by Linda Pouliot, CEO and Founder at Dishcraft Robotics
One of the hidden joys of being an entrepreneur is that people are very curious about my profession and what it is like to work at a startup. People have a ton of questions around my industry – robotics and artificial intelligence (AI). Sometimes I notice a sheepish expression or a reluctance to ask a question that is clearly bugging them. More often than not, this question is “What exactly is the difference between robotics and AI? I’m not sure; can you explain it to me?” It’s refreshing to hear what people are wondering (is the robot apocalypse coming?), and rewarding to be able to chat about the ways our world can benefit when these two technologies work together. It is especially satisfying when I see faces light up when the dynamics are better understood.
Blockbuster science-fiction movies like “Star Wars” and “The Terminator” introduced generations of us to a spectrum of robot and AI characters. These fictional figures are now common popular culture reference points. Although portrayed as capable of knowing everything, of outsmarting and overpowering us, fears of a takeover by the witty, verbose C-3PO or the unstoppable, deadly Terminator cyborgs are pure fantasy. In reality, if you peek behind the curtain, you’ll see that the realms of robotics and AI are fascinating, though fairly benign, and enhancing how we live and work.
But what is a robot anyway? A robot is an electromechanical device capable of performing a diverse array of autonomous physical functions. They’re mechanisms that mimic, replicate or serve as surrogates for functions and tasks that humans find too dull, difficult, or dangerous to perform—and they’re already common in many industries.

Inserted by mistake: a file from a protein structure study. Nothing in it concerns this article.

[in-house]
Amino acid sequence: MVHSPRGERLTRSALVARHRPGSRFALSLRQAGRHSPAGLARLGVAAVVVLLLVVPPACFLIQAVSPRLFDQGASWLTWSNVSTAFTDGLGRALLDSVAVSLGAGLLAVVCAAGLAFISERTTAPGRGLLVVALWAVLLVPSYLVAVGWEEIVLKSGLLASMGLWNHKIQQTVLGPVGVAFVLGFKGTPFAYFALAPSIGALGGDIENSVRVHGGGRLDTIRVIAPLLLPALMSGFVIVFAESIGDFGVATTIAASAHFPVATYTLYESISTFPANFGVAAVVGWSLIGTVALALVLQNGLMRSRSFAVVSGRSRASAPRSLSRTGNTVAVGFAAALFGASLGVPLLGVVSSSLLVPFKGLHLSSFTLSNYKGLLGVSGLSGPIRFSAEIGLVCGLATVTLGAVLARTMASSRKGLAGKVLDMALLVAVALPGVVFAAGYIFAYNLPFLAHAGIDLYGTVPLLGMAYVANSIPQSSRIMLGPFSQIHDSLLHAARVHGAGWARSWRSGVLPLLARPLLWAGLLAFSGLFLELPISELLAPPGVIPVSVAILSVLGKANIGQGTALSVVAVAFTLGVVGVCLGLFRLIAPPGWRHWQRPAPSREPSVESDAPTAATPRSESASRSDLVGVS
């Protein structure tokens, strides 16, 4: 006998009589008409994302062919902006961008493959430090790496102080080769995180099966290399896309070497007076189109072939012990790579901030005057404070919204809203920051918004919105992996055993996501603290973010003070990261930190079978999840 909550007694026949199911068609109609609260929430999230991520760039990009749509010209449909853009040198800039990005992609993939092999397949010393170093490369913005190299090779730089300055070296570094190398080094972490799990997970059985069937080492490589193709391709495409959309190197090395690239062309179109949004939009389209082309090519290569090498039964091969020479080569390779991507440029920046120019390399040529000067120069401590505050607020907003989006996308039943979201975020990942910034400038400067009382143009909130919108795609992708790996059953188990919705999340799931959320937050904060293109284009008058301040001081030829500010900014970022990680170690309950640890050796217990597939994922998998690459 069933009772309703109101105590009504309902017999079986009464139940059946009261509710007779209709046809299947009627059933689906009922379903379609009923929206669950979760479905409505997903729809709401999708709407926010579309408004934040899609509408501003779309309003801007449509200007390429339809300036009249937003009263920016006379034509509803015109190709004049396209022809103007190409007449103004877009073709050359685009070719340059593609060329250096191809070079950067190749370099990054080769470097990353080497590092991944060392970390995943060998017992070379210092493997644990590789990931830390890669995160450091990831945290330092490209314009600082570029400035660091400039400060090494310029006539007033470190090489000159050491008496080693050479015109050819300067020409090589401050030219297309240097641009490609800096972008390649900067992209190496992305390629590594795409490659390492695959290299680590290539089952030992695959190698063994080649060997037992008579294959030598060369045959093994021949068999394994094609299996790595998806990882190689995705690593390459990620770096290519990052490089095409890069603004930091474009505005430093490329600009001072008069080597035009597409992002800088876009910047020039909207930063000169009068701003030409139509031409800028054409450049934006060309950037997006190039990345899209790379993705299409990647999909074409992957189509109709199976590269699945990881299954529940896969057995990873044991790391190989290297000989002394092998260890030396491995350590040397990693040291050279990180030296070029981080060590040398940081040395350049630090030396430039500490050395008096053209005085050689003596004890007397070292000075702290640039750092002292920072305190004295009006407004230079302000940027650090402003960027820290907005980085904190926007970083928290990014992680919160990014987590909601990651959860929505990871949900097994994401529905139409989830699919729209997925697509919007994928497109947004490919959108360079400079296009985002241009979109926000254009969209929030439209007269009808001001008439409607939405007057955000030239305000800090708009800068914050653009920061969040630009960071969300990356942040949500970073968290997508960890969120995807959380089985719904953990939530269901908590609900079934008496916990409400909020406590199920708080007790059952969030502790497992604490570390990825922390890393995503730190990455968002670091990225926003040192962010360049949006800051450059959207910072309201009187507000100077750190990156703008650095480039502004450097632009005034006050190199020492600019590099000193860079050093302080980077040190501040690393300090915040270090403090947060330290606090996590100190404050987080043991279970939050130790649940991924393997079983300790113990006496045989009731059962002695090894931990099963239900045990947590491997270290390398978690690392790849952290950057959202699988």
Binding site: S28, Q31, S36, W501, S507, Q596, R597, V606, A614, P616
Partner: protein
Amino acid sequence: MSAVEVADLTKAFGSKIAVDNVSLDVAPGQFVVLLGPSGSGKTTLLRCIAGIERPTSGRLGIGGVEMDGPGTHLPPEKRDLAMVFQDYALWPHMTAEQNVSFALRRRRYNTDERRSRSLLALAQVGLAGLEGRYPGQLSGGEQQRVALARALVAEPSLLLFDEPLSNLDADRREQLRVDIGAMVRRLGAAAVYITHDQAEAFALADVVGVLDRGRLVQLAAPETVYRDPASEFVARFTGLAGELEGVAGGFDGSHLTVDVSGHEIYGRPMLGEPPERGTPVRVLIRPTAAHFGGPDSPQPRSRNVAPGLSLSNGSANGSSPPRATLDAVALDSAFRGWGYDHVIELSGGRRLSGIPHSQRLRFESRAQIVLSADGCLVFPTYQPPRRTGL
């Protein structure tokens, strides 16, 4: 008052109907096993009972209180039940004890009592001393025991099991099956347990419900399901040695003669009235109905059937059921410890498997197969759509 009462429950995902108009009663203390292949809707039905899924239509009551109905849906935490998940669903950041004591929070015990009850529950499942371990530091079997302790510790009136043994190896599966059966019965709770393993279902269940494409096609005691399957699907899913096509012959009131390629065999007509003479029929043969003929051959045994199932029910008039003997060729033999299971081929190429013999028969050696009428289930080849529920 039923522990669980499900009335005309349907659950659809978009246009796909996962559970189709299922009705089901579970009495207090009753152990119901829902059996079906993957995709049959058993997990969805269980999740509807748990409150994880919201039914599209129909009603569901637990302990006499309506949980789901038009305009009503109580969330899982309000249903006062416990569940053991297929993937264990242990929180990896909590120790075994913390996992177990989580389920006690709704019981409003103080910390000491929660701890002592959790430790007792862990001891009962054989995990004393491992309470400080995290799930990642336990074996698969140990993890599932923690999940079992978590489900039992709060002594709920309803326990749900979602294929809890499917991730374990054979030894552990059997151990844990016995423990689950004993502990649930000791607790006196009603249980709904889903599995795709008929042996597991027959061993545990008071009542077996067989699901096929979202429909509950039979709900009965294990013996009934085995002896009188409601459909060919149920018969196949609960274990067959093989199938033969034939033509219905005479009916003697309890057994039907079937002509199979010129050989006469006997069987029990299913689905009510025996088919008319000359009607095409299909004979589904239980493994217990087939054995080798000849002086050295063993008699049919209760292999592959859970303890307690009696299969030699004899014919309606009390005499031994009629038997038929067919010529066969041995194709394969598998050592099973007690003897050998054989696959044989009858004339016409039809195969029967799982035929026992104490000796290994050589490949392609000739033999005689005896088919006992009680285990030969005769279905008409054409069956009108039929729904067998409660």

Putting 10,000 circuits on a circuit board in three minutes? Perfectly glaze 500 chocolate donuts all at once? Help out in fields by planting vegetables or in kitchens by making hamburgers, pizzas, salads, and even rolling sushi? Pick through a collapsed office building in search of survivors? These are all examples of robot work. Robots can do a lot, and that’s a good thing—but they’re far from being able to do everything.
Similarly, artificial intelligence is everywhere, too, though we often don’t recognize it for what it is. AI, a term coined by computer scientist John McCarthy during a 1956 Dartmouth College workshop, is a field that endeavors to mimic human cognition via technology. It strives to create computational devices that simulate human cognitive ability. That’s a lot of jargon, but simply put, for a device, program, or computer to possess a degree of AI, it will do one of the following:
- Simulates higher functions of the human brain
- Operates using general language; no specific programming language needed
- Simulates neuron structures of the brain to form concepts
- Can determine and measure problem complexity
- Can engage in self-improvement
- Can engage in abstraction: Defined as the quality of dealing with ideas rather than events
- Can perform acts of randomness and creativity
AI research over time became significant in mathematics, science, meteorology, economics, psychology, and of course, computer science. Then, it exploded in the new millennium with the advent of video gaming, virtual simulation, the internet, and social media. Since 2015, AI technology has advanced at an even faster pace, arguably, than that of robots. We’re in the information age now, and AIs thrive on the web. They play a critical—and constant—part in our lives. Don’t think so? Just ask Siri what she thinks about that!